After an accident, many questions go through drivers’ heads:
Is everyone OK?
How badly damaged are the vehicles?
After an initial assessment of the accident, drivers may have another question — Is the other driver drunk?
There are multiple ways to get that question answered, but it can not be officially determined typically until law enforcement arrives on the scene. Once law enforcement arrives, they will perform tests and other evaluations to determine if the other driver is indeed intoxicated. The information gathered by law enforcement can be critical for the other driver if they decide to pursue a personal injury case.
Evidence Collected on Scene
Law enforcement will typically conduct two types of tests that can help prove a driver was drunk behind the wheel.
Field Sobriety Tests
Field sobriety tests are standardized tests that police officers use to determine whether a driver is impaired. There are three main types of field sobriety tests: the horizontal gaze nystagmus (HGN) test, the walk-and-turn test, and the one-leg stand test.
The HGN test measures a driver's ability to follow a moving object with their eyes. The police officer will ask the driver to follow an object, such as a pen or finger, with their eyes.
The walk-and-turn test measures a driver's ability to walk in a straight line and turn around. The police officer will ask the driver to walk heel-to-toe in a straight line for nine steps, turn around, and then walk back.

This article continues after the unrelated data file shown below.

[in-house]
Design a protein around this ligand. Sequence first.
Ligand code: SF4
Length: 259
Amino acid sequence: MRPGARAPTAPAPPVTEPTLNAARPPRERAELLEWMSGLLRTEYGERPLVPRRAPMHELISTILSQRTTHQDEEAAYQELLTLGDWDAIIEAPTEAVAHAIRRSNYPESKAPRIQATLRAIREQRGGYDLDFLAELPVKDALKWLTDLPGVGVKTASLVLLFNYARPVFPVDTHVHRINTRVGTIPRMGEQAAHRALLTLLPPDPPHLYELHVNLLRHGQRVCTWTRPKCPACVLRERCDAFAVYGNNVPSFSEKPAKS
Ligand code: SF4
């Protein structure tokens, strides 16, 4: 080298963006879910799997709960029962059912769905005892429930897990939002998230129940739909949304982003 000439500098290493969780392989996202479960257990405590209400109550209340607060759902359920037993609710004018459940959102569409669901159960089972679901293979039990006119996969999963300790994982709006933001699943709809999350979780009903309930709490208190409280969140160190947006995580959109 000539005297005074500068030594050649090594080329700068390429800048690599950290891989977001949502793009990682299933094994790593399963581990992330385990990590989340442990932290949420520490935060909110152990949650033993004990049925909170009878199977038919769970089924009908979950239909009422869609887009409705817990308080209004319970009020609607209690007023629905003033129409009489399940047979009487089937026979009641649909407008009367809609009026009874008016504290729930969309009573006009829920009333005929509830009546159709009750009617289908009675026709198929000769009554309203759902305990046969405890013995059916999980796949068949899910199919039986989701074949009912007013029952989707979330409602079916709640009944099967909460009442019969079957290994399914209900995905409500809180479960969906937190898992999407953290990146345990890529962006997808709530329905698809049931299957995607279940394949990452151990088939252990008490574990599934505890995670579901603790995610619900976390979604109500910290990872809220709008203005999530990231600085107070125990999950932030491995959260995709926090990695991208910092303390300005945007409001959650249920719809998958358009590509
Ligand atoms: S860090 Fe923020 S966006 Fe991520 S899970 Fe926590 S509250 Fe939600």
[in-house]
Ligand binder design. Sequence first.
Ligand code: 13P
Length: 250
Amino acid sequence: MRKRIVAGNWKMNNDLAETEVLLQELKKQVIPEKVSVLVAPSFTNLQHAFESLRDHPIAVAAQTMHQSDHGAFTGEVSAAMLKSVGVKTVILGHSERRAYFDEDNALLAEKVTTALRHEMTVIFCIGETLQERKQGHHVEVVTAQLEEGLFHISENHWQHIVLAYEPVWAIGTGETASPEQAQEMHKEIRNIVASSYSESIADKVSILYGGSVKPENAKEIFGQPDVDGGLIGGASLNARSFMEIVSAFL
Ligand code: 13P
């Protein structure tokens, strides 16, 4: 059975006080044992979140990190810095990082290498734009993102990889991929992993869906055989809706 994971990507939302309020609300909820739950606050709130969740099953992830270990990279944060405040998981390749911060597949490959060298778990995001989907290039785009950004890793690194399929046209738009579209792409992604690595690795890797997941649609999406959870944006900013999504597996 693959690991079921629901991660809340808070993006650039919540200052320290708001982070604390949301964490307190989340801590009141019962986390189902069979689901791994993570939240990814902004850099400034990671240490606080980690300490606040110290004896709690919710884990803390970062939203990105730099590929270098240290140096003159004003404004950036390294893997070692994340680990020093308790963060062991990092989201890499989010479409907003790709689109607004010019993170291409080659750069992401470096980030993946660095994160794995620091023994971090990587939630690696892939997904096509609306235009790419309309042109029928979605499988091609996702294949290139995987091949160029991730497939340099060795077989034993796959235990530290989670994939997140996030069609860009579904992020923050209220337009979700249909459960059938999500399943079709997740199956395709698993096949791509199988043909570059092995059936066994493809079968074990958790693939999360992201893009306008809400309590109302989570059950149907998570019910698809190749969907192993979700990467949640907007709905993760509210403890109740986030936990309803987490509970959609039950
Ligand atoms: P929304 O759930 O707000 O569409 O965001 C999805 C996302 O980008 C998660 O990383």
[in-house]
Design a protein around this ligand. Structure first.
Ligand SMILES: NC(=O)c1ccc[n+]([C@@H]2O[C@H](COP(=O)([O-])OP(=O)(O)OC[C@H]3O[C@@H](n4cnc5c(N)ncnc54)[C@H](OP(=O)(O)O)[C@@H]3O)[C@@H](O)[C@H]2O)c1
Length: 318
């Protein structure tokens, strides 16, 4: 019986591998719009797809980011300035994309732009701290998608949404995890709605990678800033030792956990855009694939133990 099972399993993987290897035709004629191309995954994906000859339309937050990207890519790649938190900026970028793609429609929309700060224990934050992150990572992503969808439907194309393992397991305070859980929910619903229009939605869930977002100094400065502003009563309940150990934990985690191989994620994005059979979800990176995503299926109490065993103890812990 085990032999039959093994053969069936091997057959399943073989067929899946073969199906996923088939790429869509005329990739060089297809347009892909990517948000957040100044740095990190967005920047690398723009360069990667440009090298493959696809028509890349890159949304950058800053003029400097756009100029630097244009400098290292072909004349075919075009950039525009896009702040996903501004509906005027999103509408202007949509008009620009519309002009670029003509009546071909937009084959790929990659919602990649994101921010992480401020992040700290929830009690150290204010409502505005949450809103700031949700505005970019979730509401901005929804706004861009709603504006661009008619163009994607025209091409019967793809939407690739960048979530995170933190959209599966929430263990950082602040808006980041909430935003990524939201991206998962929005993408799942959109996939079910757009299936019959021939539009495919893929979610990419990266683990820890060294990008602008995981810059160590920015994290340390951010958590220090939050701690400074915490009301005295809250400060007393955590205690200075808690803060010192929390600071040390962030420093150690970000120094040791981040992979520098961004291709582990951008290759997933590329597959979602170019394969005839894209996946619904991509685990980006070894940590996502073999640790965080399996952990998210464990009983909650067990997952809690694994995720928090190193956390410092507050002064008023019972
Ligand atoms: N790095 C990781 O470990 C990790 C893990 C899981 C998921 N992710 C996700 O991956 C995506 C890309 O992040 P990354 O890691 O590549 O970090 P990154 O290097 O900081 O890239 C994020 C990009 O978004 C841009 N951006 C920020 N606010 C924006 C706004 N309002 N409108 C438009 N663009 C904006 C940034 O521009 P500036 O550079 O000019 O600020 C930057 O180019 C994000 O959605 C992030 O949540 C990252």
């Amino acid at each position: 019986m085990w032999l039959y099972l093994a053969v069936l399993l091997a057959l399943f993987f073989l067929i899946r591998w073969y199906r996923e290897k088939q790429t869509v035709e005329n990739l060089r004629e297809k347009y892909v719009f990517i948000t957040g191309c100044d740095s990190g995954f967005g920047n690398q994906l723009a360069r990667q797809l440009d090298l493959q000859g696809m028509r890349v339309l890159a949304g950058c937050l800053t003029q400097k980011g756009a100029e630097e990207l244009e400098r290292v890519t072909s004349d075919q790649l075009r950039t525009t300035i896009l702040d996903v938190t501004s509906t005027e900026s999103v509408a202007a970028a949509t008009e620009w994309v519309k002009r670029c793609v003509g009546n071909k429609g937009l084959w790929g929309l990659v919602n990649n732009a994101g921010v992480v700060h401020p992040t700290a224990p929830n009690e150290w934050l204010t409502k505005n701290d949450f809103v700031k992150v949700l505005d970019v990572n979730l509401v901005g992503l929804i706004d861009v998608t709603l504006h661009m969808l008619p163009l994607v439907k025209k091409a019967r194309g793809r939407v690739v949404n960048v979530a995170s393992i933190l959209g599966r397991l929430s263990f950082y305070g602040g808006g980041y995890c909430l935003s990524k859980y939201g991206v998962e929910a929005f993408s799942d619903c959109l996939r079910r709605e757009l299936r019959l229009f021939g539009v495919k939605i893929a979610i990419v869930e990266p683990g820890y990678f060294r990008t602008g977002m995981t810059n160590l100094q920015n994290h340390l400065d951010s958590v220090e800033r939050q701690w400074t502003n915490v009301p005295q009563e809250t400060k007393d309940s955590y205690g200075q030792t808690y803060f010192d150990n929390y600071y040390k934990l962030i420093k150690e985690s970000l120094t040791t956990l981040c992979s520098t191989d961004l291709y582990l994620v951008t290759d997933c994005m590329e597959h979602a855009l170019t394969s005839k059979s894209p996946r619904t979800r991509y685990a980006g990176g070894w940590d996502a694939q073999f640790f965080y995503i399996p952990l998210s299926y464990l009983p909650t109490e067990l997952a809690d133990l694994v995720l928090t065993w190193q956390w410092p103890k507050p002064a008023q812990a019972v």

The one-leg stand test measures a driver's ability to balance on one leg. The police officer will ask the driver to stand on one leg for 30 seconds.
Blood Alcohol Concentration Test
A blood alcohol concentration (BAC) test is a test that measures the amount of alcohol in a person's blood. The legal limit for BAC is 0.08%. This means that if a person's BAC is 0.08% or higher, they are considered impaired.
Evidence Collected After the Accident
Additional evidence that could help prove a driver was drunk is to look at their criminal history and driving record. In particular, if a driver has already been convicted of driving under the influence (DUI) or driving while impaired (DWI) then there is a higher probability that the driver was intoxicated at the time of this latest accident. If the driver has other convictions involving alcohol, it could be suspected that the driver struggles with alcohol abuse and could have been under the influence before the accident.
How The Roth Firm, LLC Can Help
Gathering this evidence to help prove a driver was drunk at the time of your crash is difficult to do on your own. That’s why the experienced drunk driving accident lawyers at The Roth Firm, LLC are here for you. Our hard-fighting personal injury team can help you understand your rights and options under the law and can help you pursue any compensation that may be available to you. Reach out to us today to schedule a free consultation about your case. (404) 777-4899